Texts Directly Related to the Story of Emmett Till
Campbell, Bebe Moore.
Your Blues Ain't Like Mine
. New York, NY: Ballantine Books,
1992. This is a fictional account of a story much like Emmett's. It might make an interesting comparison for students who are interested in seeing how historical events become inspiration for writing.
Getting Away with Murder: The True Story of the Emmett Till
York, NY: Dial Books for Young Readers, 2003. Th is the core text of this unit and an excellent non-fiction read. Many students struggle with engagement in our non-fiction text, but students seem to love this one.
Mississippi Trial, 1955
. New York, NY: Penguin Group, 2003. Crowe's fictional account of Emmett's murder. The protagonist in this story is actually a white boy visiting his grandfather at the same time that Emmett visits from Chicago. It's an interesting read as it retells Emmett's story from the outside and perspective of the white community.
A Wreath for Emmett Till
. Boston, MA: Houghton Mifflin Company,
2005. A children's picture book written in poem form. This could be a great model for a poetry assignment or an attention-grabbing intro to Emmett's story.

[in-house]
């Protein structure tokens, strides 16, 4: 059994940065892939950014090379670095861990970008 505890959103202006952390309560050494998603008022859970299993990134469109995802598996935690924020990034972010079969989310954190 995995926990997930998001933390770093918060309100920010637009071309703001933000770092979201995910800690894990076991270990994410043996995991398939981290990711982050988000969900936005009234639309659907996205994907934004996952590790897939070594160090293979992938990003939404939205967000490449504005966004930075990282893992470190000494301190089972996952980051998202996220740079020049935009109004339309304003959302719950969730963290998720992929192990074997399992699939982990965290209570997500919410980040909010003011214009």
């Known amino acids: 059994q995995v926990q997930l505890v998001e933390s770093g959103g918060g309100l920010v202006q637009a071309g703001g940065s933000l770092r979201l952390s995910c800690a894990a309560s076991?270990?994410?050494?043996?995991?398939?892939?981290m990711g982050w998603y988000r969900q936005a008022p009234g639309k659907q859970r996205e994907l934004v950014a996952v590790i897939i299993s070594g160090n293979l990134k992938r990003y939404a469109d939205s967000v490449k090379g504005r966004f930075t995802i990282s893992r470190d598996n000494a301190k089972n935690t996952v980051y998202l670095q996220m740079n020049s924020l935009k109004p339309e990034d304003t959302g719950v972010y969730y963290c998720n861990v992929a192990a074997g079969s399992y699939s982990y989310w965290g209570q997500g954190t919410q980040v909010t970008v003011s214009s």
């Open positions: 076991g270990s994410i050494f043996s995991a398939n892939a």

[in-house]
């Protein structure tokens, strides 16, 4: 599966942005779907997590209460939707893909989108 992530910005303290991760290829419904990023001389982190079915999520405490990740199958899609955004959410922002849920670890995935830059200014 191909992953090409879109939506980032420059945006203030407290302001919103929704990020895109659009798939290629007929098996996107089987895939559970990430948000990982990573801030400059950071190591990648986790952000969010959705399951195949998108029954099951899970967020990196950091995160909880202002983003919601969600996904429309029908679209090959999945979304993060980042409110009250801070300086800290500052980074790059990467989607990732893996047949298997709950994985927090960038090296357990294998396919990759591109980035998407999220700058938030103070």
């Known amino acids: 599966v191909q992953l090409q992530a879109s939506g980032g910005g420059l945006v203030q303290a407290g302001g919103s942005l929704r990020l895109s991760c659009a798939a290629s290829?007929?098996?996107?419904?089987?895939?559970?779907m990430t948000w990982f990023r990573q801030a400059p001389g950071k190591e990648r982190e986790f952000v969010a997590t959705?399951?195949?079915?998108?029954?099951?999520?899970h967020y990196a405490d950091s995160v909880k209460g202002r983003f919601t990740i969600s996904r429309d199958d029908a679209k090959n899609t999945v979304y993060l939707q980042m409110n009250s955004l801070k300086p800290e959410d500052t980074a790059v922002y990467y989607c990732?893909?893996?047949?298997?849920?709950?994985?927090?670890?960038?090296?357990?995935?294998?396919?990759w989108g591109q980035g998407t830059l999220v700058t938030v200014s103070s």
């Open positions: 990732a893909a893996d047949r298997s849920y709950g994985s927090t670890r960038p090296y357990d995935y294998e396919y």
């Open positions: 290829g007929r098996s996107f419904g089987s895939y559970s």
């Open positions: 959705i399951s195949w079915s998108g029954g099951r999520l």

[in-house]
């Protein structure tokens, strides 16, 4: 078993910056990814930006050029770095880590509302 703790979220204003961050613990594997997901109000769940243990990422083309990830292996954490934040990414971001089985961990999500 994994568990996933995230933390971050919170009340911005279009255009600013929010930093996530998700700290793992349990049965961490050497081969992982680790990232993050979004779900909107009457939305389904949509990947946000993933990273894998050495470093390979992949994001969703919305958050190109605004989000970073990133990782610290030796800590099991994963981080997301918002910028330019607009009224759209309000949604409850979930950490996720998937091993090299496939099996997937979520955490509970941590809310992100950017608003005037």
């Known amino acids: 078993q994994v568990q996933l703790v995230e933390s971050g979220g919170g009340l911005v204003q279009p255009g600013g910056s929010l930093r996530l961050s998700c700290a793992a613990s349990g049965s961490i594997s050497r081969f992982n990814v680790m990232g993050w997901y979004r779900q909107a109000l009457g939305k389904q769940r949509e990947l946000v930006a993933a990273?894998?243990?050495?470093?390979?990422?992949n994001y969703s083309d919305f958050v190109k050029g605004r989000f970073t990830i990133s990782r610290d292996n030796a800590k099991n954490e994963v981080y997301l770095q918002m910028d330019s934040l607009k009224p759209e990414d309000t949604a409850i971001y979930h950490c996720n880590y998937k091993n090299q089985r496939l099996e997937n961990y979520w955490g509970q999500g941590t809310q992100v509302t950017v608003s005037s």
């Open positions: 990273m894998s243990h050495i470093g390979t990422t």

Other Civil Rights Stories
There are a number of really high quality books for young adults based on the Civil Rights Movement. These are just a few I have read or used in my classroom.
Tell All the Children Our Story.
New York, NY: Harry N. Abrams, Inc.,
2002. This is a history of the African American experience from slavery through Civil Rights, told from the perspective of real children. It is a beautiful book, full of visuals and artwork.
Curtis, Christopher Paul.
The Watsons Go to Birmingham 1963.
New York, NY: Random
House, 1997. This tells the story of the Watson family, visiting their relative in Alabama from Michigan. One of the sisters is almost in the church that is bombed in 1963. This might be a useful book for illustrating the differences between Northern and Southern culture. It's also written around a fifth grade level for a struggling student that might want to know more.
Freedom's Children: Young Civil Rights Activists Tell Their Own Stories
New York, NY: Puffin Books, 1993. This book might be a great choice for a motivated student who wants to know more about how the Civil Rights movement developed following Emmett's murder. Teachers can also use the primary source documents to emphasize for students the important role young people played in working against this injustice.
Weatherford, Carole Boston.
Honesdale, PA: Wordsong Press, 2007.
This is a picture book that tells the story of the Birmingham church bombing. It is full of photographs from the era and is both simple and extremely powerful.